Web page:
GE Capital makes an unsolicited offer to acquire Kemper Corp
GE Capital Corp. (Fairfield, CT) has made an unsolicited offer to acquire Kemper Corp., (Long Grove, IL) for $55.00 per share in cash, or almost $1.8 billion for all of its 32.723 million common shares outstanding. Kemper immediately rejected the of, and GE said it might sweeten its bid if it could obtain more information about Kemper’s troubled real estate holdings.
Kemper’s stock price soared 39.5%, from $40.875 per share to $57.00 per share, at the announcement. It rose another 8.3% the next day, to $61.75 per share, indicating that Wall Street is expecting either a sweetened offer or another suitor to increase the price to at least $62 per share.
The GE bid is what Wall Street calls a “bear hug”, an unsolicited takeover offer which the buyer makes public to put pressure on the target company’s board of directors. While unfriendly takeovers are rare in the financial services business, this appears to be the exception. GE Capital wants to expand its mutual fund and money management businesses, and Kemper Corp. has over $70 billion under management. Kemper would be the flagship of out major thrust into the asset management business, says General Electric’s chairman John F, Welch.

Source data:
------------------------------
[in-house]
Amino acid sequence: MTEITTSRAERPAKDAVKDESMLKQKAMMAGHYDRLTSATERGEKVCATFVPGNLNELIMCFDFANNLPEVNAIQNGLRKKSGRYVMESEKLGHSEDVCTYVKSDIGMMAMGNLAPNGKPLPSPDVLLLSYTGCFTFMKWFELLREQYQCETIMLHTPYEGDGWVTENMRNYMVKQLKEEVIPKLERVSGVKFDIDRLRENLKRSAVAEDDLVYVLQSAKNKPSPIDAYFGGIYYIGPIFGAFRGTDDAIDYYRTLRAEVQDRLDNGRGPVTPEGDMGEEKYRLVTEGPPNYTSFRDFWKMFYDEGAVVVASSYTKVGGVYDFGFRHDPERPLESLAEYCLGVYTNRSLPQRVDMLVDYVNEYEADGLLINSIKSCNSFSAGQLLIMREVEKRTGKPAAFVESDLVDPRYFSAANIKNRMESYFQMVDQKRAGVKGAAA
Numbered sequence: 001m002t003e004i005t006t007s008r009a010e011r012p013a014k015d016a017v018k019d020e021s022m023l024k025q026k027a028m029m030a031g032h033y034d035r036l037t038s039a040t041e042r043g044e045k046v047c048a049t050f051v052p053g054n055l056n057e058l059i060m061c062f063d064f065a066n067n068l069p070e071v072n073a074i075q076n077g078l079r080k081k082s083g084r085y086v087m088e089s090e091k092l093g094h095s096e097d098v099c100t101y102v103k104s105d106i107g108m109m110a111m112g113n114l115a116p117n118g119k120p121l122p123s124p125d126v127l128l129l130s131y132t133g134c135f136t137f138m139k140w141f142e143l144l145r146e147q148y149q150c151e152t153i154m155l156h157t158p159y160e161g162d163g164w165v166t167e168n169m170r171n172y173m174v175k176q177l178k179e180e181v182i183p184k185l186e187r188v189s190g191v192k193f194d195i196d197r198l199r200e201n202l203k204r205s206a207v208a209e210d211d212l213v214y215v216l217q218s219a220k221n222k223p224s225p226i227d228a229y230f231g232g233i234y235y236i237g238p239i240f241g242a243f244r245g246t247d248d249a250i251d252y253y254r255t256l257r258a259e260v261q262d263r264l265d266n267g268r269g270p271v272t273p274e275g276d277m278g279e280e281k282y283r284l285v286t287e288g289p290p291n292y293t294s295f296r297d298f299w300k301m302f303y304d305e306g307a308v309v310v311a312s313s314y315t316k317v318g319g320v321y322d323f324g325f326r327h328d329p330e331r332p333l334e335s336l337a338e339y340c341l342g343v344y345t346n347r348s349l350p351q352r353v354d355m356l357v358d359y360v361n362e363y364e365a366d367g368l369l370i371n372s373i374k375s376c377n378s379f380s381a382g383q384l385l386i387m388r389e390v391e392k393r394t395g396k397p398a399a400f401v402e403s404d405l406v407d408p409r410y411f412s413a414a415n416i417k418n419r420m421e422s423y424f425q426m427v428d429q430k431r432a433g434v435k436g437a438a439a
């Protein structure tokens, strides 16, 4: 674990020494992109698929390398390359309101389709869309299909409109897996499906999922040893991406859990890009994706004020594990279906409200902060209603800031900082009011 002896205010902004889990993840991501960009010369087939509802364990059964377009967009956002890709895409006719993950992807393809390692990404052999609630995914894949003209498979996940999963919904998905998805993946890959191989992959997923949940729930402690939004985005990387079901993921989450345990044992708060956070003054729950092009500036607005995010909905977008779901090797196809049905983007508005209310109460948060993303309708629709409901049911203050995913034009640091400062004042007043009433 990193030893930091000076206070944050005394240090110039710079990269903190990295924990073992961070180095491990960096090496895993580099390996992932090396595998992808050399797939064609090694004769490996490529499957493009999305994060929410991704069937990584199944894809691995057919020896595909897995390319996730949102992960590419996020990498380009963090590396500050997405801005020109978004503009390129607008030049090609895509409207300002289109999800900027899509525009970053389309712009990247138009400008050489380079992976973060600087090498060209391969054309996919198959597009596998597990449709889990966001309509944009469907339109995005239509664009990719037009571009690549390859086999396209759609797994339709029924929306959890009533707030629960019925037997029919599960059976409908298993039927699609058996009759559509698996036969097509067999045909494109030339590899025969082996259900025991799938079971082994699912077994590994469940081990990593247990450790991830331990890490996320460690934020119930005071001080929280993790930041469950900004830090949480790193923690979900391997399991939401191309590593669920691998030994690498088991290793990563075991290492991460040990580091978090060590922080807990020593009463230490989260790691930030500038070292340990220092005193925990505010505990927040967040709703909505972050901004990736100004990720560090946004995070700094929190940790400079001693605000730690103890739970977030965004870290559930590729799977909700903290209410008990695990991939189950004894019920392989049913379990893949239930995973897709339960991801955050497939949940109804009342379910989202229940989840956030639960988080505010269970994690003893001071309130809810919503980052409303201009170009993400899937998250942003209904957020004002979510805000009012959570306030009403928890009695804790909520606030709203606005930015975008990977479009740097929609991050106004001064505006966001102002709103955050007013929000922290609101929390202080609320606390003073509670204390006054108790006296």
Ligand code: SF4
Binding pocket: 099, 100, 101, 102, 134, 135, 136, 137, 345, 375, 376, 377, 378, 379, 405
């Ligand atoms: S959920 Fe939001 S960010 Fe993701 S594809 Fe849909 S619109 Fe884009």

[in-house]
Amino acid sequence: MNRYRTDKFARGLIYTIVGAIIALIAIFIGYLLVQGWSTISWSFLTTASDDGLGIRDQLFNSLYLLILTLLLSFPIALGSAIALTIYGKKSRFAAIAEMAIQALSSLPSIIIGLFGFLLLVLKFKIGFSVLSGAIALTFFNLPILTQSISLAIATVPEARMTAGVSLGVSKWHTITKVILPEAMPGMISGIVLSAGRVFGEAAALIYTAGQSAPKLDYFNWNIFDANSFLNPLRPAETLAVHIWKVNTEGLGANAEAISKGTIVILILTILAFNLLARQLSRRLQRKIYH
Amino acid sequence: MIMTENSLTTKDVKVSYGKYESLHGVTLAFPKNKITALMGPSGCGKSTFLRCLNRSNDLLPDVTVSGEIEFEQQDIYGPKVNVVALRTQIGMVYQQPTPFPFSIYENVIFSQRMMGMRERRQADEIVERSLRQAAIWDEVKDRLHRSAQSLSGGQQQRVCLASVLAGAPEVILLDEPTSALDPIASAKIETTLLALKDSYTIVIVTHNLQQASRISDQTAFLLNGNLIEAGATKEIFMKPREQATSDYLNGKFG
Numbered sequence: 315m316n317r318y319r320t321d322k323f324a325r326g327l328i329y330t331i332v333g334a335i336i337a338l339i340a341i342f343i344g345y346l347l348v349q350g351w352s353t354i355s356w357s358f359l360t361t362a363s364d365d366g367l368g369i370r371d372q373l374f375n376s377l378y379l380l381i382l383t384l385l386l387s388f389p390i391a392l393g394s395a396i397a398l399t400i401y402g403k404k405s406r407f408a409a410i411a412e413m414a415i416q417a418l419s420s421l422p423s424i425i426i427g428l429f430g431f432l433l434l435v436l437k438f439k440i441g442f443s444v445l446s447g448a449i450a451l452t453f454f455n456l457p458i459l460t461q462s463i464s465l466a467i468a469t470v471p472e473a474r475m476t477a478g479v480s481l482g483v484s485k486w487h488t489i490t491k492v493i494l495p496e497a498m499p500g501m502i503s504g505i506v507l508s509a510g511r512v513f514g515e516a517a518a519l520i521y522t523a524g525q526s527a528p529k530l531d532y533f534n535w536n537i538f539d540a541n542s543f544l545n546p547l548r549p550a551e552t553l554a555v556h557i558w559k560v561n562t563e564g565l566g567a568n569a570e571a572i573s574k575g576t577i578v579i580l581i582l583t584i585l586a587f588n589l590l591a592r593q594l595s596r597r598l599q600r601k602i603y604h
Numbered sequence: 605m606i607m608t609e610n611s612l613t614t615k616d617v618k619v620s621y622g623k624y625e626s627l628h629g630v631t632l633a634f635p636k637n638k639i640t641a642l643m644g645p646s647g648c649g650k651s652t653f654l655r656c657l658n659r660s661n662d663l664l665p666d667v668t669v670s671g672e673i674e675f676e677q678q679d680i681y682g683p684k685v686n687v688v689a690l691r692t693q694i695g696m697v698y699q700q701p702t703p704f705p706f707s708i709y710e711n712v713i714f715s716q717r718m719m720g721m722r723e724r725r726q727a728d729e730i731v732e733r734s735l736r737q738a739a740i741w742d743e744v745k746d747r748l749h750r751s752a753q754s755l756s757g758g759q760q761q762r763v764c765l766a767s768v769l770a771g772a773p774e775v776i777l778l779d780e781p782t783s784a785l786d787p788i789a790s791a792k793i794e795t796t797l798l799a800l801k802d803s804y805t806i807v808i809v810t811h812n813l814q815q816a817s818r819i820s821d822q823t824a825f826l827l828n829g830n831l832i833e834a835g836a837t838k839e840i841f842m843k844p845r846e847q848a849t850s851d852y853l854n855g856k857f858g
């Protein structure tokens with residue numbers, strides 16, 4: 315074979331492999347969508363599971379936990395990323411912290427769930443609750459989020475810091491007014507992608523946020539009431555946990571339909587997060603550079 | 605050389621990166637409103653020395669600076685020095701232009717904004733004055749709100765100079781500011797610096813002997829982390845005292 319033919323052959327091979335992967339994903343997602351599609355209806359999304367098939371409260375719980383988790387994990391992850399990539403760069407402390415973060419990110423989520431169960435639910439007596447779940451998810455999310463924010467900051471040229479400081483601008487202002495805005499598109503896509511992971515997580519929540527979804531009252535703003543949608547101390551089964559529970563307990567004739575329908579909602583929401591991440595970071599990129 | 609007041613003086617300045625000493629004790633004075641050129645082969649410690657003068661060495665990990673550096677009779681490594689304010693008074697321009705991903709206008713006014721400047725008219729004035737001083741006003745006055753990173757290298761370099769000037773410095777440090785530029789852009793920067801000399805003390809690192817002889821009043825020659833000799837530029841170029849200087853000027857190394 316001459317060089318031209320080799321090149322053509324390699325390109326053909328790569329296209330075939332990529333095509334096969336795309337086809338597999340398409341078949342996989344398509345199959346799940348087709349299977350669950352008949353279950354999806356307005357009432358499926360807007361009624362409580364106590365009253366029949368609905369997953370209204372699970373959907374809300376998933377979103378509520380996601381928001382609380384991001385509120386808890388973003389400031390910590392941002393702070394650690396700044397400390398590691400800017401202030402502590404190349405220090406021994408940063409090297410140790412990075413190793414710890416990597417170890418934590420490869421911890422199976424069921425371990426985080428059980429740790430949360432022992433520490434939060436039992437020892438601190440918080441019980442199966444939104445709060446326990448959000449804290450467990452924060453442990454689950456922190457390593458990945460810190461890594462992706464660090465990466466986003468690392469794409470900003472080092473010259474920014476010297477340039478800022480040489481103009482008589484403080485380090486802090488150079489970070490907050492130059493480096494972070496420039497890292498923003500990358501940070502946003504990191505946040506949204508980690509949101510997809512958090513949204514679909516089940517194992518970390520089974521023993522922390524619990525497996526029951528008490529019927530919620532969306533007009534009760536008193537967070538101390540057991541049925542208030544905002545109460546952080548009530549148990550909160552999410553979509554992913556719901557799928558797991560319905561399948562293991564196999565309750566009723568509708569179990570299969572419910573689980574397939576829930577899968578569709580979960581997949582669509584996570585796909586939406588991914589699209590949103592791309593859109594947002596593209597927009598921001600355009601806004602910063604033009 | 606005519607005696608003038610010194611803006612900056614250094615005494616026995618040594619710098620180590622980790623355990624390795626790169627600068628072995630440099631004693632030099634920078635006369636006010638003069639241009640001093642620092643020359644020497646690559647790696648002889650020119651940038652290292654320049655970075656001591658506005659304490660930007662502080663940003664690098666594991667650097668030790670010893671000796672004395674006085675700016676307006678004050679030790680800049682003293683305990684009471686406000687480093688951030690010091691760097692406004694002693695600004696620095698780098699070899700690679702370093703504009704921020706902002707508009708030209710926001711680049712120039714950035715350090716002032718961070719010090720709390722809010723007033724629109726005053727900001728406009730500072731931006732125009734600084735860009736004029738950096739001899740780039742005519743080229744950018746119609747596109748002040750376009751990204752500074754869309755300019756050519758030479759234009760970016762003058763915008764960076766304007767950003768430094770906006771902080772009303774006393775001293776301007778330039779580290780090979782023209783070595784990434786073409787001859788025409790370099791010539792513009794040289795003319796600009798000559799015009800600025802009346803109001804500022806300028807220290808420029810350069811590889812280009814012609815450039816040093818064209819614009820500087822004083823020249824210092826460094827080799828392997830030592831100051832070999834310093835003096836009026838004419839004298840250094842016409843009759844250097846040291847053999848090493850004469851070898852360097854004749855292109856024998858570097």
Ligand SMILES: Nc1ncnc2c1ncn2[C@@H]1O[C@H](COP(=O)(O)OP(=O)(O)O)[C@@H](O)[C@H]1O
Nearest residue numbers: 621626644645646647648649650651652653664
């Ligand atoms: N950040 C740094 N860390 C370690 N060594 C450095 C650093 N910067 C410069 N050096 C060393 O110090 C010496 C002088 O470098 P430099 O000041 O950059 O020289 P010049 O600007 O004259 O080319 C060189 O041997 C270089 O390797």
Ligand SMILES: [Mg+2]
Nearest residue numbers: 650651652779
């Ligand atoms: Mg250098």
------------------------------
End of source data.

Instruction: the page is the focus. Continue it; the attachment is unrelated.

GE’s strategy is aimed at Kemper’s May 11th annual meeting. About 70% of Kemper’s shares are held by institutions, for whom the $55.00 per share price represents a hefty profit, and for whom the prospect of a sweetened bid is even more attractive. GE went public at this time with its bid to convince shareholders, especially the institutions, to lean on their board to accept the offer. At this point, there is still time for GE recommend a new slate of directors at the annual meeting, a fact which has been pointed out to Kemper’s board.
Among the savvy investors currently holding stock in Kemper are hedge fund managers George Soros and Michael Steinhart and investor Leon Cooperman of Omega Advisors.
Kemper has been restructuring, in an effort to minimize its bad real estate holdings. In 1993, it sold most of its property and casualty insurance holdings, including its reinsurance and risk management units to their former parent, Lumbermens Mutual Casualty Co. in a stock transaction valued at more than $600 million. But coming into 1994, its stock still lagged behind the stocks of other financial services companies.
Analysts say the company’s main problems have been its real estate portfolio and in its brokerage operation, The company’s 1993 income is expected to be $235.5 million, including losses on discontinued operations, indicating that its troubles are clearing up. It tried sell its brokerage unit, Kemper Securities, last summer, but there were no takers, and Kemper still owns the subsidiary.
With all this talk about asset management, we tend to forget that Kemper is an insurance company. Its two main insurance units, Federal Kemper Life Assurance Co. and Kemper Investors Life Insurance Co. together reported $829.8 million in life insurance and annuity premiums in 1993.
Copyright Quality Services Company Mar 21, 1994
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